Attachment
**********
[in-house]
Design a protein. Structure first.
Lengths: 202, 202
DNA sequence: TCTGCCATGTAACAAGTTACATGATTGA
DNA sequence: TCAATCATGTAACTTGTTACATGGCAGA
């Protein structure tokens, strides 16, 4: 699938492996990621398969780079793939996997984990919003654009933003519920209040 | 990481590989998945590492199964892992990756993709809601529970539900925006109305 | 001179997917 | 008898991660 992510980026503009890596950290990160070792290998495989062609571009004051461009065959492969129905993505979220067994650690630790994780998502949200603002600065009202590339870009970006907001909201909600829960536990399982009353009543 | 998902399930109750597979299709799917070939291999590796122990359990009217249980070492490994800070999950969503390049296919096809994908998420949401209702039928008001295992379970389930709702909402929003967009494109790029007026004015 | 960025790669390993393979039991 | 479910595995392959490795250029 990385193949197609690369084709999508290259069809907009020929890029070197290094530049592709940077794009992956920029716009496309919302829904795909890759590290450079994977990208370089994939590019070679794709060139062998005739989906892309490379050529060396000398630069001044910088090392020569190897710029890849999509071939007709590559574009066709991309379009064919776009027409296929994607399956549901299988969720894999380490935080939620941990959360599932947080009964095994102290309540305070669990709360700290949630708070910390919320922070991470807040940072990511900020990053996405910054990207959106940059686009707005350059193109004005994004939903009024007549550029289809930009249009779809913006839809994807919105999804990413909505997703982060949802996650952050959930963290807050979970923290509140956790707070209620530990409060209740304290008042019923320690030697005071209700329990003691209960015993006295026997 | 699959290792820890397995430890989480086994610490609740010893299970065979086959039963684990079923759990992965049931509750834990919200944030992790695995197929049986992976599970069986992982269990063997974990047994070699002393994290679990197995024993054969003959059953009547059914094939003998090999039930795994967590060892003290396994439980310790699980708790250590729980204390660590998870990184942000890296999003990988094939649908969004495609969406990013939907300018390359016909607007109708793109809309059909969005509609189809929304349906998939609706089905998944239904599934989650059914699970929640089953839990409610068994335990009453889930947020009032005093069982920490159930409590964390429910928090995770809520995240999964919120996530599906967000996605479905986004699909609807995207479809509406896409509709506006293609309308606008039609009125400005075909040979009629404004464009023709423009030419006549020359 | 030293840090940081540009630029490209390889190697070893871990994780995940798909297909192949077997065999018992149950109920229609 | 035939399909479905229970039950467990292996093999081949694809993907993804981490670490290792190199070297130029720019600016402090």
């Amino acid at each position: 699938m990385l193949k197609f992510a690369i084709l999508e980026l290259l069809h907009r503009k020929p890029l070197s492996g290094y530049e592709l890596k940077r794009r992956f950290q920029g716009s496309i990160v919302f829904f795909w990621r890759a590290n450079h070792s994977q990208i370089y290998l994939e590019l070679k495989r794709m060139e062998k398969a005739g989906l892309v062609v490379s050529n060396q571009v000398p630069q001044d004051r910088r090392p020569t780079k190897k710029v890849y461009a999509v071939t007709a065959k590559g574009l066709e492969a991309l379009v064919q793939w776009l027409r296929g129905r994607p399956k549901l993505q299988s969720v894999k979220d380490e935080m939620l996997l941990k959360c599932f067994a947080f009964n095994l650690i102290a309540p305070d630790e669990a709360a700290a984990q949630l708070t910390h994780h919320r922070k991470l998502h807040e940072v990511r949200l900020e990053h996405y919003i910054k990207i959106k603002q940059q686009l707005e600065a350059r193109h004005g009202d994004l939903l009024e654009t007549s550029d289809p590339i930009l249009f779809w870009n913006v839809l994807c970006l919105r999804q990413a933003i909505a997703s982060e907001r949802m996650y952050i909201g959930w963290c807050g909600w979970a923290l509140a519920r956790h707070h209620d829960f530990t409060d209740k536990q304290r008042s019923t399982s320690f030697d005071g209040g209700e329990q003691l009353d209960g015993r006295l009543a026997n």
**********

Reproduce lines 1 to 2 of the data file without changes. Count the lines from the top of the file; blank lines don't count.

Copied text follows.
[in-house]
Design a protein. Structure first.